There were a couple of unique things in this version that I appreciated.  The beginning and ending of the movie are tied together by the machinations of poultry thieves!  It was also kind of fun to see a series of Emma’s daydreams about various people marrying, with the characters frequently changing.

The one thing that weirded me out was when Mr. Knightley was talking about holding Emma as a baby.  That’s just creepy when you think about it.

I enjoyed this movie, but it’s not my favorite adaptation of Emma.  I had a hard time connecting with Emma, which makes it hard to really enter into the story.  For me personally, her character wasn’t likable enough.  Because she has some major character flaws, there has to be something redeeming in her character to make me care about her.  That’s where I think the movie fell short.

Check it out if you are a Jane Austen fan or like a good romantic movie.  It’s probably a one-time view for me.

Rated: NR

Rating: 3 1/2 Stars

 

Until next time…

Lori

 

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Emma – Movie 1996

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Taking a break from Jane Eyre last night, I watched Emma.  This version stars Gwyneth Paltrow as Emma, and Jeremy Northam as Mr. Knightley.

I think Paltrow did a great job as Emma.  She was sufficiently self-assured, snobby, impetuous, and conniving.  At times her emotions seemed a little shallow, but it wasn’t awful.  Although Northam wasn’t present as much as I would have liked to have seen him, he was an excellent Mr. Knightley.  He is handsome, thoughtful and shows affection and concern for others.  Basically, he’s a guy that any woman would want as her own.  😉

The supporting characters were also great, adding a richness to the story.  Miss Bates, Harriet, Mrs. Weston, and Mr. and Mrs. Elton were all wonderful.

The movie follows the general storyline of the book, keeping all of the major events the same.  I’d say it’s a very good representation of the book.  They did, however, change a good bit of dialogue, making it seem more updated.  For me personally, it wasn’t a big issue.

This adaptation has a very professional overall look.  I’m not surprised by that, but after seeing some movies recently that looked less than professional, I appreciated the polish on this one.  Another thing that I liked was that many of the shots were set up in unique ways, some adding humor to the situation, such as when Mr. Elton sits between Emma and Mr. Knightley to talk about Harriet’s sore throat.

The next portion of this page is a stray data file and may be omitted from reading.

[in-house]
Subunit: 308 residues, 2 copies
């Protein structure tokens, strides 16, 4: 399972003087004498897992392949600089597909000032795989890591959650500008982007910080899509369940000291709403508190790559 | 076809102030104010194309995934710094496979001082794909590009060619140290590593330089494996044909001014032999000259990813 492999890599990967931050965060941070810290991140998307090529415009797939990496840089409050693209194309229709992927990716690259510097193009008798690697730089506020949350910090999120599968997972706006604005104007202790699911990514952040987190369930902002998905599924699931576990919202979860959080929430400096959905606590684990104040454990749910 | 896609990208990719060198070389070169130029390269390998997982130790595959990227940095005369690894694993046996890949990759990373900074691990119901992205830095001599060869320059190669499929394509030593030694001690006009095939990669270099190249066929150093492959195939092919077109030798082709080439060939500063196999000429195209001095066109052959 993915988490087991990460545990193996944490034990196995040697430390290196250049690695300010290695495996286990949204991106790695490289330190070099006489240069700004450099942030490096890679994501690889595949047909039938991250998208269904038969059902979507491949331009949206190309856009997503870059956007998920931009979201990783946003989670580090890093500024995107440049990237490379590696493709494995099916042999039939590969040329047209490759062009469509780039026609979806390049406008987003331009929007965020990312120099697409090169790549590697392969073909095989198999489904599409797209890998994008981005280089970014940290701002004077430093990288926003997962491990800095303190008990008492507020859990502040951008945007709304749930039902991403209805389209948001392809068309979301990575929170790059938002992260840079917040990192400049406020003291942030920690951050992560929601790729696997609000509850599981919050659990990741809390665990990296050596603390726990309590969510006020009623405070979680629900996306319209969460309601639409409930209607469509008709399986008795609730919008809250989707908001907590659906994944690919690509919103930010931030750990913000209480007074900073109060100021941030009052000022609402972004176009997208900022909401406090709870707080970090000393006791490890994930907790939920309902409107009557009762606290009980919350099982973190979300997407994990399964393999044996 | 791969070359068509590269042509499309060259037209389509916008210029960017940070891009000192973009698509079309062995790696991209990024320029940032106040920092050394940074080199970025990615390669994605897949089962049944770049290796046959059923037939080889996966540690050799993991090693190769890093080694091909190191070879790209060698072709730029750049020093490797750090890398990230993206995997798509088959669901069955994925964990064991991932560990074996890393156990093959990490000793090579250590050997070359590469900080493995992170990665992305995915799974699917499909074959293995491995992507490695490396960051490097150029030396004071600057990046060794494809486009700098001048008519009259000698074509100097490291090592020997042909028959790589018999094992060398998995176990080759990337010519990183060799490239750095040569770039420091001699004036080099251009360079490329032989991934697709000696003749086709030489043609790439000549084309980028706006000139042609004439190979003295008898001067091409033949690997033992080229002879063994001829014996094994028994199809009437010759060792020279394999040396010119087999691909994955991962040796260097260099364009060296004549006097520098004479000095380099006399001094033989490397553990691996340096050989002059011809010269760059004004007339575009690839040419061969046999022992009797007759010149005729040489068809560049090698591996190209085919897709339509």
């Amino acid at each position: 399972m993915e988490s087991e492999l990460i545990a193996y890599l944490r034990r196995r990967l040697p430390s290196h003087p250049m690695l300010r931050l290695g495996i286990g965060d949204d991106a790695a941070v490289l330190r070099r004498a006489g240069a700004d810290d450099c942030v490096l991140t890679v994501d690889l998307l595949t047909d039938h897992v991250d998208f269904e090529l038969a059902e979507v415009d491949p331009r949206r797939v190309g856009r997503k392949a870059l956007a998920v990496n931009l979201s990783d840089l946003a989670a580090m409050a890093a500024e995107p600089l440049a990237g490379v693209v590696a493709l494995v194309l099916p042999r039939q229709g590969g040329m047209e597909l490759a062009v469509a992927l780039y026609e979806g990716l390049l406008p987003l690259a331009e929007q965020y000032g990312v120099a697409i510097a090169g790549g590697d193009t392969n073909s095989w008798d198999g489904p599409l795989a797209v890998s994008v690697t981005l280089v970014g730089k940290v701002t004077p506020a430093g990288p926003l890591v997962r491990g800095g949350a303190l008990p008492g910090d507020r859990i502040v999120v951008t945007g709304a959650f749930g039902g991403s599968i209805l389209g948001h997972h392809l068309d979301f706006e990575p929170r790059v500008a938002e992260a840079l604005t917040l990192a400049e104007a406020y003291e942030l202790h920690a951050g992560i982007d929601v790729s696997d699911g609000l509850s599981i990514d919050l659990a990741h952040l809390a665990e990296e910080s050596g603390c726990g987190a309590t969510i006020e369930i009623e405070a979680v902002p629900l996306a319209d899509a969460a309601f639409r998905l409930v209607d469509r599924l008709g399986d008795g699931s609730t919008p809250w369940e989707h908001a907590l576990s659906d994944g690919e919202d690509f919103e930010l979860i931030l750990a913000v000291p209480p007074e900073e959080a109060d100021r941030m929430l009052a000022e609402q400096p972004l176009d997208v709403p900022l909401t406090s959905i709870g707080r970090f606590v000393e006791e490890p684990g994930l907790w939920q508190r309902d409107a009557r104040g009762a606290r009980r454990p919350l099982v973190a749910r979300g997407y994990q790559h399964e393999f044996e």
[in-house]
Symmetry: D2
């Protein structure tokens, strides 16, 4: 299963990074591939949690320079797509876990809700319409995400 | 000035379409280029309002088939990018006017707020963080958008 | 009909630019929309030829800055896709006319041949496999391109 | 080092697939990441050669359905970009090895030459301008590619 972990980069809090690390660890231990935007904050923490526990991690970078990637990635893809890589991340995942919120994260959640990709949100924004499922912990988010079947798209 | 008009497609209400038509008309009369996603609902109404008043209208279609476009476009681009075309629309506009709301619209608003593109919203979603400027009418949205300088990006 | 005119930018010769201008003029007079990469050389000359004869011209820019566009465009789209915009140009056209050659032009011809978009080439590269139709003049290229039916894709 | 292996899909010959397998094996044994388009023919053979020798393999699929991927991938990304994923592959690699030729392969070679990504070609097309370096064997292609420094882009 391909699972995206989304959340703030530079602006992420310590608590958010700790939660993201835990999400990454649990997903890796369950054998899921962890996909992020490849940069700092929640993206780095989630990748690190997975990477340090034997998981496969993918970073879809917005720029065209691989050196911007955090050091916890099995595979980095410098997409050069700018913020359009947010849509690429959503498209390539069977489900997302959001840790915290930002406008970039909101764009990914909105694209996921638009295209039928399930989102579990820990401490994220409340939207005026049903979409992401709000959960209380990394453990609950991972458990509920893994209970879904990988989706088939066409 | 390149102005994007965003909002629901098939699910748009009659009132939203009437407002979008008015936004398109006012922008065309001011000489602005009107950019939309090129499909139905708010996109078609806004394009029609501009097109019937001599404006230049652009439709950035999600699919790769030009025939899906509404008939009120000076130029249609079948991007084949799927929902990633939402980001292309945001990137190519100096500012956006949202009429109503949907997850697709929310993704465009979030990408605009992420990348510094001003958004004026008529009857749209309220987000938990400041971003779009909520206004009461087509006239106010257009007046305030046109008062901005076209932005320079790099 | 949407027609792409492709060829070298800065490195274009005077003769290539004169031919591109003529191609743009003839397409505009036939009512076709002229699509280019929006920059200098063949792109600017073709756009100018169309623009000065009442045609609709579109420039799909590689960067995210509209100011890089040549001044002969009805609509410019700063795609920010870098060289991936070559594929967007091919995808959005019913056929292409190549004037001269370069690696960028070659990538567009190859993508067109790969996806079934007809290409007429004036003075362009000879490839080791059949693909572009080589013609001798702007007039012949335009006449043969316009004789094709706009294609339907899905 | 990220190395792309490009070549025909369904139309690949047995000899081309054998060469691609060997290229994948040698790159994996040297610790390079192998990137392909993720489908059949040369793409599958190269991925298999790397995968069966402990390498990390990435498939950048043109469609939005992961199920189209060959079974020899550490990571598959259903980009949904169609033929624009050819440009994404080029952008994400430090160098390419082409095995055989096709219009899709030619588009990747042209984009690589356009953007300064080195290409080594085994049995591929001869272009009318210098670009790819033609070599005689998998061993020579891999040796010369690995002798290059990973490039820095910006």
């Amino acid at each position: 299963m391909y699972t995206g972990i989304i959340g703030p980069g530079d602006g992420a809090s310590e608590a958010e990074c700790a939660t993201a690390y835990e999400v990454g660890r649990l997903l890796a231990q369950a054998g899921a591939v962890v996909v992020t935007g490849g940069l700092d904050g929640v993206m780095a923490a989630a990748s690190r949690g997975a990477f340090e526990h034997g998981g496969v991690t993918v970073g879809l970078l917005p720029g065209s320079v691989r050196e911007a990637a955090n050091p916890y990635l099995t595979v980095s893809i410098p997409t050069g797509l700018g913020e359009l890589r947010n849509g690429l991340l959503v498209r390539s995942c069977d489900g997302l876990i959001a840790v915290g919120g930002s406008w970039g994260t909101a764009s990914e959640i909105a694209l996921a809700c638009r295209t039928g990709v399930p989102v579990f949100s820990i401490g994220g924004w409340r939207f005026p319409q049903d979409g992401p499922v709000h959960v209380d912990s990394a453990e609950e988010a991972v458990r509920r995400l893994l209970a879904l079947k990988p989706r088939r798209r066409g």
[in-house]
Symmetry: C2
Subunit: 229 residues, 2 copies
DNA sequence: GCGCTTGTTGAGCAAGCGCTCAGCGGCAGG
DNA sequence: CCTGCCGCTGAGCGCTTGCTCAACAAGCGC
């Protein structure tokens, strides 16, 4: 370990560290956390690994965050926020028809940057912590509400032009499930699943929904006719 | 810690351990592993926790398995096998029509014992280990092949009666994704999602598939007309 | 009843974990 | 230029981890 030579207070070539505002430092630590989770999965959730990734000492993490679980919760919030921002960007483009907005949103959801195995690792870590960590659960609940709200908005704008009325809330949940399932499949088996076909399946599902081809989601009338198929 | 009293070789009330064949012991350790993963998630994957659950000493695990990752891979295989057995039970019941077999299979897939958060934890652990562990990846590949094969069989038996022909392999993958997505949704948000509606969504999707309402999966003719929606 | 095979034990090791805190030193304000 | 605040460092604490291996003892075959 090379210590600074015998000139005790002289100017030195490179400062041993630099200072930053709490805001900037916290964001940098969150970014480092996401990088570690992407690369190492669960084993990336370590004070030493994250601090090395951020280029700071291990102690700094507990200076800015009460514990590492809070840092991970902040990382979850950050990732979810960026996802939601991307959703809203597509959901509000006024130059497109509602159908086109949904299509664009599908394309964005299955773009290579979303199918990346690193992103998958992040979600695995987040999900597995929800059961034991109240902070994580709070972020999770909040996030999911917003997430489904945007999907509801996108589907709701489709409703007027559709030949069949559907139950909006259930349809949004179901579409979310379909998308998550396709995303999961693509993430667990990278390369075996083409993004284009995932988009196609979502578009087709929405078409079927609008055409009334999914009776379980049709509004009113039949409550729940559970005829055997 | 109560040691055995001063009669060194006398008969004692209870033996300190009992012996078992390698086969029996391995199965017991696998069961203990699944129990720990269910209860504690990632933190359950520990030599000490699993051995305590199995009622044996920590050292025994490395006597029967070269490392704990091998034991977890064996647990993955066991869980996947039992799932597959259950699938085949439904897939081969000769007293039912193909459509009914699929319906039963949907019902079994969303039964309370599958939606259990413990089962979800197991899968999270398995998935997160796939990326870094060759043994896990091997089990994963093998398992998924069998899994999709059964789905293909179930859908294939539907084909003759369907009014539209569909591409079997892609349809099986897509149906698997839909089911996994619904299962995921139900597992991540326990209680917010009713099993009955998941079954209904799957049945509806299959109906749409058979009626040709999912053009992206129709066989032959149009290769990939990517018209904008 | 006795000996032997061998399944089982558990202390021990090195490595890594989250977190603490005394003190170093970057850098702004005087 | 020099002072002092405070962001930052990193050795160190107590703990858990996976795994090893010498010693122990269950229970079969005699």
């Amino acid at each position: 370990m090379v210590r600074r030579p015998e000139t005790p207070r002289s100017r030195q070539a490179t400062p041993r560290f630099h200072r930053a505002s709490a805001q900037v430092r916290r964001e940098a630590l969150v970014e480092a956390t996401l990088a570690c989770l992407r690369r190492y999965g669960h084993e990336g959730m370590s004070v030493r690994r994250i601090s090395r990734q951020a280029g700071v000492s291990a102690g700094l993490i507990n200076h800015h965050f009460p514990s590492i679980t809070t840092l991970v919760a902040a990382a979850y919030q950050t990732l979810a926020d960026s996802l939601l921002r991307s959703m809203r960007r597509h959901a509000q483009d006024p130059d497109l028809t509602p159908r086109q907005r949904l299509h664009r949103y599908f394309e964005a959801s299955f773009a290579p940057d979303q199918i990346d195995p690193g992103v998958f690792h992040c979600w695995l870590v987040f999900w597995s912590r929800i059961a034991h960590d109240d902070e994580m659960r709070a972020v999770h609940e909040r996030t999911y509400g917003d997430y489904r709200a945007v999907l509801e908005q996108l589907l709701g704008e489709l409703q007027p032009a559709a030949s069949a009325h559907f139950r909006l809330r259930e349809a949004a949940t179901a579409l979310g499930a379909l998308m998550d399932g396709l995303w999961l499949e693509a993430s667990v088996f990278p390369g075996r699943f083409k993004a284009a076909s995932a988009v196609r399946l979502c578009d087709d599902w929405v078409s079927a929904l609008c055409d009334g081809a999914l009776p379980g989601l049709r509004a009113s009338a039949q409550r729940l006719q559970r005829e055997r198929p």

The proposal scene between Emma and Mr. Knightley was very good.  It started out awkward, then moved into an interview that was driven by care and friendship.  I think that’s what is so satisfying about the relationship between Knightley and Emma–it is based on mutual affection and friendship which has spanned years.  It’s lasting and based on a thorough knowledge of the other person.

I would highly suggest this movie to all the ladies out there!

Possible Objections:

  1. In the gypsy scene the d-word is used a couple of times.

Rated: PG

Rating: 4 1/2 Stars

Until next time…

Lori

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Northanger Abbey by Jane Austen

Northanger Abbey

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Northanger Abbey is a relatively short and unique book by Jane Austen.  Though it’s not my favorite work of hers, I appreciate the wit and social commentary that went into it.  There are themes that are still applicable today.  In this story, Catherine Morland is a young lady who has no very special traits that would distinguish her from any other girl.  She likes to be outdoors; she dislikes serious reading and adores gothic novels; she is utterly naïve.

When Catherine’s close neighbors go to Bath, she is invited to accompany them.  She enjoys her introduction into city life, and meets a man whom she comes to admire.  His name is Henry Tilney and he has a sister, Eleanor, who befriends Catherine.  Catherine is invited to stay with Eleanor for a visit at the family’s home–Northanger Abbey.  The visit is encouraged by Henry and Eleanor’s father, General Tilney, because he believes Catherine to be a good match for his son.  When he finds out that Catherine is in fact not rich, he kicks her out of the house to make her own way home.

Woven throughout this narrative, there is almost continual irony used to criticize social norms.  We also see Catherine coming of age as she falls in love with Henry.  Finally, Austen comments on the silliness of being obsessed with gothic novels and all of the flights of fancy that ensue.